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Central West Florida

Come to Central West Florida to find shimmering Gulf waters, the state's top cultural centers and everywhere a keen respect for Florida's fragile ecosystem.

This region also offers several well-known attractions and is within a two-hour drive of Orlando's theme parks.

Central West Florida:

To see some of the beaches on offer in Central West Florid following this Link:

The Beaches of Central West Florida
Though it's home to some of Florida's most beautiful stretches of coastline, you'll find the Central West region offers more than the usual beach vacation. So pack your opera glasses and your imagination alongside that yellow polka-dot bikini and prepare to sample Central West's diverse cultural calendar, visit pristine nature areas or enjoy major attractions here.

Citrus, Hernando and Pasco Counties are part of what is called the "Nature Coast." Much of this area is rural, having been set aside as national, state and county parks and preserves. The tongue-twisting and beautiful Withlacoochee, Homosassa, Pithlachascotee, Weeki Wachee and Chassahowitzka Rivers traverse this region (as does the Crystal River), offering scenic byways for boating and fishing. Crystal-clear springs attract visitors from afar to swim, snorkel and scuba. In Citrus County, visitors can actually swim with manatees (winter months are best). At nearby Homosassa Springs State Wildlife Park, descend into the amazing "fish bowl" to see thousands of fish as well as manatees.

The St. Petersburg / Clearwater area is sometimes called Florida's sunshine capital because it boasts an amazing 361 sunny days a year. Clearwater Beach offers an upbeat, tropical atmosphere as well as a nightly sunset celebration on Pier 60 with entertainers and food vendors. Two state parks in the area, Honeymoon Island and Caladesi Island (named one of the top beaches in the nation), offer preserved beachfront and nature trails. Minutes inland, the city of St. Petersburg is home to many art galleries, antique shops and museums, including the Florida International Museum, which hosts world-class traveling exhibits. A string of resort communities from St. Pete Beach to Tarpon Springs treat visitors to a variety of watersports, cultural events and excellent restaurants.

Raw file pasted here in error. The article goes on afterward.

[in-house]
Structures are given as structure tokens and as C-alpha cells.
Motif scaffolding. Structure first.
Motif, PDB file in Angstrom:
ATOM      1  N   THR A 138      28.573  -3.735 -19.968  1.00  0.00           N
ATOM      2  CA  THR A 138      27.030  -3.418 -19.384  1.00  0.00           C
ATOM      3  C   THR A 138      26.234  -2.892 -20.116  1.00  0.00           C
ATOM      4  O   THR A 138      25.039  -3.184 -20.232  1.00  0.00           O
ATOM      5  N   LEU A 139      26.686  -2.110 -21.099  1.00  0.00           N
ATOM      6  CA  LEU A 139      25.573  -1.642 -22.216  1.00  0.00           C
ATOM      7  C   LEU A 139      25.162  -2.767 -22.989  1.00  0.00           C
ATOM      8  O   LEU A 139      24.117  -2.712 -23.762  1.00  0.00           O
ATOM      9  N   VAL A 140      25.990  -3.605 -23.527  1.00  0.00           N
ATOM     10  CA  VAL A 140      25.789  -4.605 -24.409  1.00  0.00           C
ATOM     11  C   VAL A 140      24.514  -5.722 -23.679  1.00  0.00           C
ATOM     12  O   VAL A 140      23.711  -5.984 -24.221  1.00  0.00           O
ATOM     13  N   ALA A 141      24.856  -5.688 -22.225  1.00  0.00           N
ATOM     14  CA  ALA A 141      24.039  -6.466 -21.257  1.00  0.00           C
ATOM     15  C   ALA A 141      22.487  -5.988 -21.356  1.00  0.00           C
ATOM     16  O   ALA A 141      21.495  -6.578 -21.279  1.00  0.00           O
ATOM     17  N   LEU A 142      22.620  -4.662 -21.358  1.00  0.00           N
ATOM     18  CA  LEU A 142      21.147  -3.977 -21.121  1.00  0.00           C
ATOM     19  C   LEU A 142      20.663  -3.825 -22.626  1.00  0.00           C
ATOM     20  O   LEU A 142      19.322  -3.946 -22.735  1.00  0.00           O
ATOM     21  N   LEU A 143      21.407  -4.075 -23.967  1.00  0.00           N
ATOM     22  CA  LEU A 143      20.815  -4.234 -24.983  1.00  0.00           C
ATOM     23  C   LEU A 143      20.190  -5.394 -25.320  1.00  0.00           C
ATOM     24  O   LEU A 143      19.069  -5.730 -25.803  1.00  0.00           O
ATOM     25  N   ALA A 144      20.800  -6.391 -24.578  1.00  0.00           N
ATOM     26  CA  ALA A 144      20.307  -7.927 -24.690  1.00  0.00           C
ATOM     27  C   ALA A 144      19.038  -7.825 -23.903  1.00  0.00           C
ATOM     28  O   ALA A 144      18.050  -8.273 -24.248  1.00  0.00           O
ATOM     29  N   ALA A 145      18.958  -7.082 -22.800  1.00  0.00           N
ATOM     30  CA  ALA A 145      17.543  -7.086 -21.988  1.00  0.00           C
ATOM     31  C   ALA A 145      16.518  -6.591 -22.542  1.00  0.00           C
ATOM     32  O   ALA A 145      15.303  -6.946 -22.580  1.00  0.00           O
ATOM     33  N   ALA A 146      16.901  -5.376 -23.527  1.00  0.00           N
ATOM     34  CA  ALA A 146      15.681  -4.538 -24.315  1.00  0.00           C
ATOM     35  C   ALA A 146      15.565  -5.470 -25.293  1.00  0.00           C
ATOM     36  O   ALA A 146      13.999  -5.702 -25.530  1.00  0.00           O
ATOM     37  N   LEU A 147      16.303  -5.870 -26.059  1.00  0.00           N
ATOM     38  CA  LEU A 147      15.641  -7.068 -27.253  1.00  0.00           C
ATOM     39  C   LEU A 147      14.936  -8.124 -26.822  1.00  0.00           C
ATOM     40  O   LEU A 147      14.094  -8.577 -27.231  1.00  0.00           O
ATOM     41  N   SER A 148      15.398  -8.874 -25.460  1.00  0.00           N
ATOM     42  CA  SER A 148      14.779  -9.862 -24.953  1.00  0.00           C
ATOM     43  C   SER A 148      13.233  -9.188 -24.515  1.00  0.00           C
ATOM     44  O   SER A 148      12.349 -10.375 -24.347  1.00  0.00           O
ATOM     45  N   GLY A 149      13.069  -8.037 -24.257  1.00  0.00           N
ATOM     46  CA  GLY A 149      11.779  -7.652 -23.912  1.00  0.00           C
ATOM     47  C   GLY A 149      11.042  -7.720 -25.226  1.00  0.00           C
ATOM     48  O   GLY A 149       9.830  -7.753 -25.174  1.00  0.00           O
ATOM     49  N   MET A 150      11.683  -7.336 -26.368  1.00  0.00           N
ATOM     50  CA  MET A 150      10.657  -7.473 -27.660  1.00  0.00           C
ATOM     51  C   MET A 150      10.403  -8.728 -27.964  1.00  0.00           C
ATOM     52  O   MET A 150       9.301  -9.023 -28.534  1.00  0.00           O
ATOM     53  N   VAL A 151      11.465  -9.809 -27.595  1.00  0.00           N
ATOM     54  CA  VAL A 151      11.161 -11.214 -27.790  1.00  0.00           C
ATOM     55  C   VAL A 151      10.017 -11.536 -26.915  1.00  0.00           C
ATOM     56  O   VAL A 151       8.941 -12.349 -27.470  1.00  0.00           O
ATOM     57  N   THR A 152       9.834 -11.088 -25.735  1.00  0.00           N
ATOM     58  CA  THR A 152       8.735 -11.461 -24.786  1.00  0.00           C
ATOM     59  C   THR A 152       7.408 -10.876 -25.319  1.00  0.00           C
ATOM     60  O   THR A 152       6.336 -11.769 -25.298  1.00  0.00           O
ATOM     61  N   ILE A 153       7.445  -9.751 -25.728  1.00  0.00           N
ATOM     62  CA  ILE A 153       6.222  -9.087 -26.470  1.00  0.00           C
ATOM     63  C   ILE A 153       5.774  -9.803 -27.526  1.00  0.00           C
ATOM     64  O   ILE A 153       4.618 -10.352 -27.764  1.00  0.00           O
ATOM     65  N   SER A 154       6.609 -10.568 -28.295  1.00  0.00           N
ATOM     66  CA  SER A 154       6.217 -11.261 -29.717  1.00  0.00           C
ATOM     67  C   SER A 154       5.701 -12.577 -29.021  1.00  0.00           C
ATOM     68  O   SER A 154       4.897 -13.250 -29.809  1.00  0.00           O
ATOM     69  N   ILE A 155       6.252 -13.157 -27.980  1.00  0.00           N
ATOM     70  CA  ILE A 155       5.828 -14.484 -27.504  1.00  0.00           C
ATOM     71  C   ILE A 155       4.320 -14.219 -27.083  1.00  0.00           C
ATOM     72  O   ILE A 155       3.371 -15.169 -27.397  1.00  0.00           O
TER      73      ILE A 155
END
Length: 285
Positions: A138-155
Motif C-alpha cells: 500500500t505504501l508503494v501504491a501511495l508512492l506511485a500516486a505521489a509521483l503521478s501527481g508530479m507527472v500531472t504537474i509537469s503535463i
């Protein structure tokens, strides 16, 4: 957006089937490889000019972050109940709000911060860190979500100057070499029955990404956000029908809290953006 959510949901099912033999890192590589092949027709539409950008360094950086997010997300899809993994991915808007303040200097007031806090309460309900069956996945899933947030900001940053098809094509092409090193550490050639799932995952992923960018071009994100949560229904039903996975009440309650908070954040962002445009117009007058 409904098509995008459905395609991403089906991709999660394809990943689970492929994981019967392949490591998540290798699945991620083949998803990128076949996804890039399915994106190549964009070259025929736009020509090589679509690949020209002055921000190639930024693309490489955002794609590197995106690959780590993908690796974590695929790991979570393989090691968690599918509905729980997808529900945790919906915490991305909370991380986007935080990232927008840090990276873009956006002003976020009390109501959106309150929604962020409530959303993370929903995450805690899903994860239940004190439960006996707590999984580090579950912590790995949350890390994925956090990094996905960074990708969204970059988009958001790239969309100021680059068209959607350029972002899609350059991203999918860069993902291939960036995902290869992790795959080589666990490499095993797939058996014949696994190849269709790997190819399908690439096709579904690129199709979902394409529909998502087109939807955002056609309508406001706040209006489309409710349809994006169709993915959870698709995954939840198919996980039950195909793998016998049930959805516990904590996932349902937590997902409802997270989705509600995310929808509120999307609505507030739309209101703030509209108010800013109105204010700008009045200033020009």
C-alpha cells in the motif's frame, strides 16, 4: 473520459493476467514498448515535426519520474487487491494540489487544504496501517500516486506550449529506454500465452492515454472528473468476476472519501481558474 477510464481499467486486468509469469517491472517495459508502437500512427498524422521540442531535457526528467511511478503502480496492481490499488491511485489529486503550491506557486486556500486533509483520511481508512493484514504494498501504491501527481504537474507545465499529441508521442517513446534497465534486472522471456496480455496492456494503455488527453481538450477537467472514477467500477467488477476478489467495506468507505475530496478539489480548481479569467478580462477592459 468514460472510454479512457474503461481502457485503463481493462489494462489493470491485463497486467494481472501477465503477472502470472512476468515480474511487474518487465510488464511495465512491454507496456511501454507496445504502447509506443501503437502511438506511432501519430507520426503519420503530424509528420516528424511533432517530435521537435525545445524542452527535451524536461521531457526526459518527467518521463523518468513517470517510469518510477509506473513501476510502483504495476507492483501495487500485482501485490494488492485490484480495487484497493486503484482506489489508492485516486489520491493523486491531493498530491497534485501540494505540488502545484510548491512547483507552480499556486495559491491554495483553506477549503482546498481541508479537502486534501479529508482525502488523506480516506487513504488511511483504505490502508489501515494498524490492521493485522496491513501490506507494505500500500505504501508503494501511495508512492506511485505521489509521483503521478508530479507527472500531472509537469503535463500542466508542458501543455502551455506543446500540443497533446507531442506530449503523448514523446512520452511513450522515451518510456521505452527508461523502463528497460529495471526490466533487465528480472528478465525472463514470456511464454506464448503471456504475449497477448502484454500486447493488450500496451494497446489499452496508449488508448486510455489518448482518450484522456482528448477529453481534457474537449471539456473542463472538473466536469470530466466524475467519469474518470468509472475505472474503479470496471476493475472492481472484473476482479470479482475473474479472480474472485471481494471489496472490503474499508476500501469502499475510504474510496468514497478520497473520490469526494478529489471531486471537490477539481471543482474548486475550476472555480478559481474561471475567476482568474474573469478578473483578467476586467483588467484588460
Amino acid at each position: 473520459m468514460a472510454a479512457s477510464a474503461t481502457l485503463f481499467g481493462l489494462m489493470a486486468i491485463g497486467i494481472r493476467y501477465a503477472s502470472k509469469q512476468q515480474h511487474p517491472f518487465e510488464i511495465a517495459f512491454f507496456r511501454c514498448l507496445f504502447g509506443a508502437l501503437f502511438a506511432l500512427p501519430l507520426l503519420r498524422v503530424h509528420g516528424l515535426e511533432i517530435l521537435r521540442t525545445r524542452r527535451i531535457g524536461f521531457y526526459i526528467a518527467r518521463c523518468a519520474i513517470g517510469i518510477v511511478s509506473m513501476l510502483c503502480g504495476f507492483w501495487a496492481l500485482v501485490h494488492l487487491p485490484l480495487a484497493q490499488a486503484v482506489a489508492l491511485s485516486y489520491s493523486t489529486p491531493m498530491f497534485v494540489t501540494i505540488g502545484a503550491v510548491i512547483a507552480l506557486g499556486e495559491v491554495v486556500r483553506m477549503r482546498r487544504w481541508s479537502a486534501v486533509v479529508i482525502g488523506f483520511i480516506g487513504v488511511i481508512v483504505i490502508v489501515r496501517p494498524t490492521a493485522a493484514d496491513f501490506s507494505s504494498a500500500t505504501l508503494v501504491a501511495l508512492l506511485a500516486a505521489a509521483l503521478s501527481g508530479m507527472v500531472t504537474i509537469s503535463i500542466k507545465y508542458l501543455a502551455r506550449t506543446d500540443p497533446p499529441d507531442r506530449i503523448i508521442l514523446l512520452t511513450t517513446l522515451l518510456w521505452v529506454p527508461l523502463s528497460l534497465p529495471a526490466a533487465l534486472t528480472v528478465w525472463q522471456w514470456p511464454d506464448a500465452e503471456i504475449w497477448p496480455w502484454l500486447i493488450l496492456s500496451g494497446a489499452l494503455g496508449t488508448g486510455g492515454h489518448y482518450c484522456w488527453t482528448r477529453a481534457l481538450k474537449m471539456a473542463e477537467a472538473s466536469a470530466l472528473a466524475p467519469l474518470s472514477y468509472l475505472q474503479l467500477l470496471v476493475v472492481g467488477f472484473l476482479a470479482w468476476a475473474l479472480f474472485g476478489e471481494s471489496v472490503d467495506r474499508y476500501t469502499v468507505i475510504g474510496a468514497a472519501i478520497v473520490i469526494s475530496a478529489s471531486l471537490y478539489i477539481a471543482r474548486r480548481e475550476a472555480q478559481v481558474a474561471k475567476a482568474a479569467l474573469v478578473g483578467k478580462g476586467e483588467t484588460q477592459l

To take a break from sun and sand, visitors merely cross the bay to Tampa, where they'll encounter a glittering city that's home to the region's top attractions Busch Gardens Tampa Bay, the Florida Aquarium and the Museum of Science and Industry (MOSI). Visitors will discover a revitalized downtown waterfront, notable museums, a huge sports scene and an extraordinary performing arts calendar. Ybor City, Tampa's historic Latin Quarter, is rich in Spanish and Cuban tradition and was once known as "the cigar capital of the world." Today, Ybor City offers the area's liveliest nightlife.

Drive across the dramatic Sunshine Skyway Bridge with its giant yellow spires to reach Bradenton and its island beaches, Anna Maria Island and Longboat Key. On Anna Maria and south along Coquina Beach, miles of white sand are bordered by towering Australian pines, providing the area's laid-back, "old Florida" attitude. Longboat Key is a more exclusive setting, with luxury condominiums and resorts hosting the majority of visitors. Don't miss St. Armands Circle, a world-class shopping and dining enclave.

To the south across Ringling Causeway, Sarasota has long been known for its cultural offerings. It's here that John Ringling built his Venetian-styled mansion and housed his priceless 17th-century Baroque art collection, all now owned by the state. Elsewhere in town, a ballet company, an opera company, an arts cinema, numerous theaters and galleries round out a diverse cultural scene.

Sarasota County proudly maintains lovely, white sand beaches, among them award-winning Siesta Beach on a barrier island off the Sarasota mainland. Exclusive Casey Key is just to the south, with public beaches at North Jetty Park and Nokomis Beach. Venice offers small-town charm in its Main Street shopping district (Venice Avenue) along with good shelling and prehistoric sharks' teeth on area beaches. Visitors who want to canoe or fish in freshwater and observe a variety of wildlife, including alligators, should travel a half-hour due east to Myakka River State Park, which is Florida's largest.